In a finding that raises questions about the return on investment at many expensive private colleges, a recent study reports that graduates of most kinds of public colleges had better luck finding jobs, and were burdened with less student debt, than the graduates of similar private colleges.
The study looked at Class of 2008 college graduates and where they were as of 2012.
While private colleges often outperform on other measures, such as graduation rates, study author Judith Scott-Clayton an assistant professor at Teachers College, Columbia University, said her research showed that, “Bottom line, you can’t assume that private institutions are always automatically better just because they are private or expensive. It is important to ask questions about both graduation rates and post-college outcomes.”
Her study is just the latest in a growing body of research that challenges many common assumptions, as well as the marketing claims of some private colleges.
Last year, for example, PayScale.com reported that, according to its data, starting at about 2009, students’ return on investment for public college degrees had started to exceed that for private colleges, in part because of public schools’ lower tuition.
And Anthony Carnevale, director of the Georgetown University Center on Education and the Workforce, said that his and other research have also raised warnings about the lack of extra payoff for many expensive, second-tier private colleges.
(In MONEY’s latest analysis of the best-value colleges, 11 of the top 20 schools are public universities.)
Research into the relationship between college and alumni career success is important because surveys show that preparation for a meaningful, lucrative career is one of the main goals of college students. And almost every college now boasts about the job market success of its alumni.
Many experts caution that families should remember that college is about more than job preparation, and so should try to find affordable schools that serve all of their students’ interests and needs. And families focused on career outcomes need to bear in mind that that college payoff calculations are affected not only by factors such as the school’s selectivity, cost, and services, but by how much effort the student puts into it.
Carnevale’s research, for example, indicates employers increasingly care about the skills students develop in college and their majors, rather than the type of school they attend. His advice: “If you have kid who is focused and hardworking, send him to a public school. If you have a student who needs attention and services, send him to a private college, where you’ll probably pay more, but they’ll get more attention,” and thus have a better chance of graduating.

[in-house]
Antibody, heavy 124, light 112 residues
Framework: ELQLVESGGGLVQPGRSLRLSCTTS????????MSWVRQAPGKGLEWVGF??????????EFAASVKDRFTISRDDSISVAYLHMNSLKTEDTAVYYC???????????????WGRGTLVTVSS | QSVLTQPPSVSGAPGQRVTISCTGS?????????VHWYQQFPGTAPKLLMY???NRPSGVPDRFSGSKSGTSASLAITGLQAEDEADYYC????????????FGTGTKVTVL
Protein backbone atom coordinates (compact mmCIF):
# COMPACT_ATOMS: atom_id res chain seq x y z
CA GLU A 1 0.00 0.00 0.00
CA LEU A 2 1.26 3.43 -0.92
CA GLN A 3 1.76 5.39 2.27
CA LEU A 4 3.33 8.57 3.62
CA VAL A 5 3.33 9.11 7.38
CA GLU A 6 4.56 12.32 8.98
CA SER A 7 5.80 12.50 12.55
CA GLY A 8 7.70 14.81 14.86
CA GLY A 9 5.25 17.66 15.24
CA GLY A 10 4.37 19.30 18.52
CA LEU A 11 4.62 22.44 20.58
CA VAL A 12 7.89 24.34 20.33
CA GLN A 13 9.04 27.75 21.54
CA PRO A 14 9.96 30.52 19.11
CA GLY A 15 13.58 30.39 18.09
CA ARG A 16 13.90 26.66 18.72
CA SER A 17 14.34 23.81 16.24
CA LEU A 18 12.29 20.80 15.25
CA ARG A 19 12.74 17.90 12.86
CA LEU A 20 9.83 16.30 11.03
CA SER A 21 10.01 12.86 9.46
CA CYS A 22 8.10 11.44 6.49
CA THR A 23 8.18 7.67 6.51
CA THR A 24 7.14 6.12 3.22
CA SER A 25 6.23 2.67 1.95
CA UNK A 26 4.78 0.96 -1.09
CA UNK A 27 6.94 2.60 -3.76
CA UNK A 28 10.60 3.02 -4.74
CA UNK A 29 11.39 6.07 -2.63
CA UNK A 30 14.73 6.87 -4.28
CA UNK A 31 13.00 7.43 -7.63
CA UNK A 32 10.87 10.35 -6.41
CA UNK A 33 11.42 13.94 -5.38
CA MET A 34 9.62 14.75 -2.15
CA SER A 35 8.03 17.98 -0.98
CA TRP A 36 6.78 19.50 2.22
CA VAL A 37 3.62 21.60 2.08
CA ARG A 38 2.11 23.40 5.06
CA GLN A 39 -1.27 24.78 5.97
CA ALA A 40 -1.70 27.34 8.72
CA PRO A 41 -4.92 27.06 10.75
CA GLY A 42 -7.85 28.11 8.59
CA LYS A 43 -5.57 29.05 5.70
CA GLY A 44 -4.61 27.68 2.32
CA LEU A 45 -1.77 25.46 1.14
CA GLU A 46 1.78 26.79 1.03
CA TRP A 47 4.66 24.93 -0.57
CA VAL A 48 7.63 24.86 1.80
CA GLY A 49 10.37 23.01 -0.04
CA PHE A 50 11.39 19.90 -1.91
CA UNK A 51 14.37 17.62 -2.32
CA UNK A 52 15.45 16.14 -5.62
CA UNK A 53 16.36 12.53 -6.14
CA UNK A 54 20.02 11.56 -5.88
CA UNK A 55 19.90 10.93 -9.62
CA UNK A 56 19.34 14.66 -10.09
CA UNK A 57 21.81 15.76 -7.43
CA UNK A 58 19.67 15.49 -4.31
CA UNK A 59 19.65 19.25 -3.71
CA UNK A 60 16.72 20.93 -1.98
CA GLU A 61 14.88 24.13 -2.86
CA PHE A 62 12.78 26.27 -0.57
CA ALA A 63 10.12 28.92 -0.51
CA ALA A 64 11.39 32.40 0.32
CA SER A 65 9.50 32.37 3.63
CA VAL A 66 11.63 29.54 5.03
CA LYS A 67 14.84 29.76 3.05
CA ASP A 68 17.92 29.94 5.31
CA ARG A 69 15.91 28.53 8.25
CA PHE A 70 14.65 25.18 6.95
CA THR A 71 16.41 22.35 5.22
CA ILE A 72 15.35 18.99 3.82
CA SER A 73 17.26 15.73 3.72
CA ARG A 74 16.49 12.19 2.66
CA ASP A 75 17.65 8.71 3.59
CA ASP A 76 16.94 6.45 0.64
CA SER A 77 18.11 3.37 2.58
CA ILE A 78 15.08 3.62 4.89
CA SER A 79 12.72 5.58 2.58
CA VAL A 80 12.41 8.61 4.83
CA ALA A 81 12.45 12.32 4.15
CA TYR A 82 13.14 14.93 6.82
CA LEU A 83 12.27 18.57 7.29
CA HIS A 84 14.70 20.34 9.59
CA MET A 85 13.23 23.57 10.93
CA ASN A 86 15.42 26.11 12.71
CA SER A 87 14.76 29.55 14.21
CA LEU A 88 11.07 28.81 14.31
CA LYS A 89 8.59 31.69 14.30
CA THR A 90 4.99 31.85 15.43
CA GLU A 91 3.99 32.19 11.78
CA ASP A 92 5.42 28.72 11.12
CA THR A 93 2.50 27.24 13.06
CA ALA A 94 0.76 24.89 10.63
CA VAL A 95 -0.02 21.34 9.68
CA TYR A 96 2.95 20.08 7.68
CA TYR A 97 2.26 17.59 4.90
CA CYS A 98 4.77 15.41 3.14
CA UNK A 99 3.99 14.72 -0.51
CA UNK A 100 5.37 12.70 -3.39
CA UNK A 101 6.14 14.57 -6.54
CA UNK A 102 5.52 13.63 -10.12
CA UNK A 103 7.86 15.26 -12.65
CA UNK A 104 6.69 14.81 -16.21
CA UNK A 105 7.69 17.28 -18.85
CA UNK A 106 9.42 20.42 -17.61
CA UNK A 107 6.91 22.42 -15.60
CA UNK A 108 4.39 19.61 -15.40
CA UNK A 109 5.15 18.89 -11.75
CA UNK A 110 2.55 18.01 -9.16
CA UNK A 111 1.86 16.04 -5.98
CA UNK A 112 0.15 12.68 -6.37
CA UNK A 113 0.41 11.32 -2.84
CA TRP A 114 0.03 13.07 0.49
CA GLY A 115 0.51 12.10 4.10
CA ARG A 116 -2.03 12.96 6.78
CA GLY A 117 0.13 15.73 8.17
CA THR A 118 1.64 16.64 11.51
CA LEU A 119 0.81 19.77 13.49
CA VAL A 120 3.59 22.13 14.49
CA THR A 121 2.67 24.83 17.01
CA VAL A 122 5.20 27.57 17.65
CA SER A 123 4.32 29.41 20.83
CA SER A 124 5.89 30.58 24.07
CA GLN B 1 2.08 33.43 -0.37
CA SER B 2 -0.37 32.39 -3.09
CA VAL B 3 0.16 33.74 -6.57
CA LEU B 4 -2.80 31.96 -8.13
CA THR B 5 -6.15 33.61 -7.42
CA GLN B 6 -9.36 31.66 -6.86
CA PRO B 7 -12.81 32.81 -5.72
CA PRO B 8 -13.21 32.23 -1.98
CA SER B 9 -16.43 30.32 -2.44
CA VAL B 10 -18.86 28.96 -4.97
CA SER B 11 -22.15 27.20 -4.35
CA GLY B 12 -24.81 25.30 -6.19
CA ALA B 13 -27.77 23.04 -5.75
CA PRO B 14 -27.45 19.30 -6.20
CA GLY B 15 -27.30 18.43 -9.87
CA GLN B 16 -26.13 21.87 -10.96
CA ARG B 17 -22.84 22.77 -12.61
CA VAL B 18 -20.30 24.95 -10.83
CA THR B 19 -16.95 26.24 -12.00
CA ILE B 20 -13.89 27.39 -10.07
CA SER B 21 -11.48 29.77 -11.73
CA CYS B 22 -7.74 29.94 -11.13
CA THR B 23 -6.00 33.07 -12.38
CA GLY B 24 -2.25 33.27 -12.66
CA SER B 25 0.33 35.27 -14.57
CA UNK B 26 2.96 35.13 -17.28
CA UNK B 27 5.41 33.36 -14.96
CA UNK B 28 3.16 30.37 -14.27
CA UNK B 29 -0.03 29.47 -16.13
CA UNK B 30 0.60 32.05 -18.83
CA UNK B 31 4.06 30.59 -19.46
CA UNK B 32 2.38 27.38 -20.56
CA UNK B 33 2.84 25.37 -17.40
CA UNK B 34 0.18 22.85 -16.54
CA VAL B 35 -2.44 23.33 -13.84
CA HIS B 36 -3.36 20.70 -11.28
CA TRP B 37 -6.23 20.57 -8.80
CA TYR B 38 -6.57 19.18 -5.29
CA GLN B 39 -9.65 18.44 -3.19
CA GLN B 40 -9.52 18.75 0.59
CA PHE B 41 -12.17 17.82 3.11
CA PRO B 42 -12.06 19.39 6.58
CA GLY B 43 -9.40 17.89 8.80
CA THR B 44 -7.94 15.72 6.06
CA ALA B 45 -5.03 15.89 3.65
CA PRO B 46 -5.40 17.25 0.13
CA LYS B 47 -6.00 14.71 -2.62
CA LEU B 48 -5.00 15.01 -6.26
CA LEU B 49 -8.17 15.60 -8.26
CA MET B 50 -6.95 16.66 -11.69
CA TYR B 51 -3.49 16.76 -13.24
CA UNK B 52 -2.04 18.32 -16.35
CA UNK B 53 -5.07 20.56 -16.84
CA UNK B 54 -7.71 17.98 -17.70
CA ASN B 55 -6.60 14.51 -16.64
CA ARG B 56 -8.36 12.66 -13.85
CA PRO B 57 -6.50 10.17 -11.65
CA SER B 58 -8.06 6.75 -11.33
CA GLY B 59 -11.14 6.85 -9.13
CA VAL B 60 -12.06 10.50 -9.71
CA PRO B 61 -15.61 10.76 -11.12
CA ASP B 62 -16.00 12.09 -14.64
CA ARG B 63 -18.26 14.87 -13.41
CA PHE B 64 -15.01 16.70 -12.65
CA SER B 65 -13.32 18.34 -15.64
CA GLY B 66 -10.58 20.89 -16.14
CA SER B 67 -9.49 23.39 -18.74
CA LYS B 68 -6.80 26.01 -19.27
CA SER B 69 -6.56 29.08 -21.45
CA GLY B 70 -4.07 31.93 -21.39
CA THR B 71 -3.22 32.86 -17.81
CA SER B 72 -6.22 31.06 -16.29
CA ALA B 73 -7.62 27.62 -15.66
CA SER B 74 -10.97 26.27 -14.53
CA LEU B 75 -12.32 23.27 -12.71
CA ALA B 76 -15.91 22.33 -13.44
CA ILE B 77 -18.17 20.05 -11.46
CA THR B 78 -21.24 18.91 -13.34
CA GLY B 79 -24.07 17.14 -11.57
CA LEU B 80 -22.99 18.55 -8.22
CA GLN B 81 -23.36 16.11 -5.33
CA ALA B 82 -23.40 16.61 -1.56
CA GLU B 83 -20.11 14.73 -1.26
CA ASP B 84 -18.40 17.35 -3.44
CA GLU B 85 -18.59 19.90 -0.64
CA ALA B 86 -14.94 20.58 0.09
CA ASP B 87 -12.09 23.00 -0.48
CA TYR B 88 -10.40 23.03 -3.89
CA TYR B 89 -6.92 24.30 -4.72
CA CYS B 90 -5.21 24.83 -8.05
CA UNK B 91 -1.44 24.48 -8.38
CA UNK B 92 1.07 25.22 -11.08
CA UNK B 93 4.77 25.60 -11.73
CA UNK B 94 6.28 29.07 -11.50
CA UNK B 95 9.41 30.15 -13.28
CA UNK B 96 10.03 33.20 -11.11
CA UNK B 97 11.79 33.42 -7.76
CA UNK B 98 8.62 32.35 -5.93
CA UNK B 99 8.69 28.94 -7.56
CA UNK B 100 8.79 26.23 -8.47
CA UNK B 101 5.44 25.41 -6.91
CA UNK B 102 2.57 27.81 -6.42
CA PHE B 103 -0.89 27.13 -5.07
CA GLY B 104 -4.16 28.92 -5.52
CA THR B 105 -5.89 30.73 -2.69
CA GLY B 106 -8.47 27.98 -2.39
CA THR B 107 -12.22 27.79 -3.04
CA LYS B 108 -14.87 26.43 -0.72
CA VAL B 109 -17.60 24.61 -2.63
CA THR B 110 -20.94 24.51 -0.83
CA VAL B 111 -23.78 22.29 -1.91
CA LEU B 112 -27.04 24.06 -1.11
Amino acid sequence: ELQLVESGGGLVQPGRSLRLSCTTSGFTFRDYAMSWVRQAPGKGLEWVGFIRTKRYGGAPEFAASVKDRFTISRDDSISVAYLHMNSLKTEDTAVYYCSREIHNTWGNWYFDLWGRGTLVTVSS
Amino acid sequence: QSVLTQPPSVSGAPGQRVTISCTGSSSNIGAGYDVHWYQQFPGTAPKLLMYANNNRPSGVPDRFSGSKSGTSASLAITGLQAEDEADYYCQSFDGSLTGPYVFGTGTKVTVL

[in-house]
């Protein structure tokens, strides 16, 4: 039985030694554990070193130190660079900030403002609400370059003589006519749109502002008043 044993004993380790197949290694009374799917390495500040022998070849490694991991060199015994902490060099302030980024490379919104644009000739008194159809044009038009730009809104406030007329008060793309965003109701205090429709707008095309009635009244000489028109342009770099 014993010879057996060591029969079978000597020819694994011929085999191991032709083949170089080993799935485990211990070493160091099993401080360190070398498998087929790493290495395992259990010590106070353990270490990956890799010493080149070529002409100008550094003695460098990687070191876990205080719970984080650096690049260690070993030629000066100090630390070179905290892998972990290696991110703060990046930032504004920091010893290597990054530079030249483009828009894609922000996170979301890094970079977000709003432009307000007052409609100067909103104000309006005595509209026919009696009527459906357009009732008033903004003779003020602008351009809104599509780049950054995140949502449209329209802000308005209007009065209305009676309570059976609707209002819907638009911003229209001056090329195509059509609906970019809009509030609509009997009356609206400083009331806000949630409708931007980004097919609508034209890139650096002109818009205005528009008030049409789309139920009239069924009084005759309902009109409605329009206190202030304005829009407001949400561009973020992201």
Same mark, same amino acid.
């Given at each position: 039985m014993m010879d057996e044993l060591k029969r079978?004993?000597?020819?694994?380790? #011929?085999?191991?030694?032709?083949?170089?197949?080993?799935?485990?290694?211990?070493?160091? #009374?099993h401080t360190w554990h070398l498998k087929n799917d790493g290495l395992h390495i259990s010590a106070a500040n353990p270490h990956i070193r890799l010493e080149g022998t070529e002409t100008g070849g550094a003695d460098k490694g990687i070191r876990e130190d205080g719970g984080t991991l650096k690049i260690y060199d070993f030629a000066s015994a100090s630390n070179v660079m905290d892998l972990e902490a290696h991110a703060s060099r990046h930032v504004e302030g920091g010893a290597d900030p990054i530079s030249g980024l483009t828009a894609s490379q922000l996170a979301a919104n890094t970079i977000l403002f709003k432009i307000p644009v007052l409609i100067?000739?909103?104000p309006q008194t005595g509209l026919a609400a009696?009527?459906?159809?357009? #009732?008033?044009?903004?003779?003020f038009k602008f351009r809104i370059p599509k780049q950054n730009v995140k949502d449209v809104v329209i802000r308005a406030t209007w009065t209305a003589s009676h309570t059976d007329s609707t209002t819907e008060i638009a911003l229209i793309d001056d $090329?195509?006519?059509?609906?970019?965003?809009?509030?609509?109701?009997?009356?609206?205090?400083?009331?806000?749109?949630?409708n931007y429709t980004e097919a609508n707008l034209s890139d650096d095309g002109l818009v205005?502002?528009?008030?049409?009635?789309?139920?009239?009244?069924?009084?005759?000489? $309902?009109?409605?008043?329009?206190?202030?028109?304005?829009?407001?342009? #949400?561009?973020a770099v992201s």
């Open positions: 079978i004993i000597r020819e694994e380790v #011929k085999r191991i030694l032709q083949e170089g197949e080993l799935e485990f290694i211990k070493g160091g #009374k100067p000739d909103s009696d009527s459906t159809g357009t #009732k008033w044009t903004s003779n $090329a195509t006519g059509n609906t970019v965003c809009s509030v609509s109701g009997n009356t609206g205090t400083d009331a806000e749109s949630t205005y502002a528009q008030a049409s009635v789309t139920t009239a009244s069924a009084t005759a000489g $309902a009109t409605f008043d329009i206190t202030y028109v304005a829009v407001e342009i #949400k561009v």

In her examination of 9,000 members of the class of 2008, Scott-Clayton found that, overall, a higher percentage of the public college graduates were employed in 2012 than their private college counterparts. The biggest differences were seen among graduates of non- or minimally selective colleges, which account for about 16% of enrollment. Between 20% and 24% of those private college graduates appeared to be floundering—neither employed nor in graduate or professional school—compared with a 13% to 16% rate seen in graduates of similar public colleges.
The report did find some advantages to private colleges. For example, graduates of at least moderately selective private colleges who managed to find full-time jobs tended to earn more than graduates of similarly selective public colleges with full-time jobs. Scott-Clayton also noted that, overall, private universities graduate 69% of their freshmen, seven percentage points higher than public universities.
That differential could even out some of the advantages she found that public college graduates enjoyed, since entering freshmen can’t be sure they’ll be the ones who actually make it to graduation and get the job market advantage.
Representatives of private colleges questioned parts of Scott-Clayton’s study. Frank Balz, vice president for research and policy analysis at the National Association of Independent Colleges and Universities, the largest association of private colleges, noted that Scott-Clayton’s study looked only at students who had been out of college for four years, which, he said, is too short a time period.
Georgetown’s Carnevale agreed that four years is a small sample of an expected 45-year working life. And he speculated that a 10-year study might make private colleges’ numbers look better. But he said that “four years is enough to give an indication,” and his own research confirms Scott-Clayton’s general findings, especially for lower-tier private colleges.
Many expensive private schools without prestigious names “are in trouble because they cannot demonstrate economic value,” he said.
Here is a chart comparing the performance of different types of public and private colleges. The student data is for those who earned bachelors’ degrees in 2008.
|Public minimally selective||Private minimally selective||Public moderately selective||Private moderately selective||Public highly selective||Private highly selective|
|% of graduates employed in 2012||79%||75%||84%||81%||79%||75%|
|Median 2012 earnings||$36,000||$31,000||$36,500||$38,500||$39,000||$38,480|
|Has earned or is currently earning a graduate degree||31%||27%||34%||34%||44%||45%|
|% who borrowed for undergraduate costs||71%||79%||64%||76%||58%||61%|
NOTE: The % who borrowed for undergraduate costs for the highly selective schools was corrected at 5:17 p.m. 8/26/16.
Source: Judith Scott-Clayton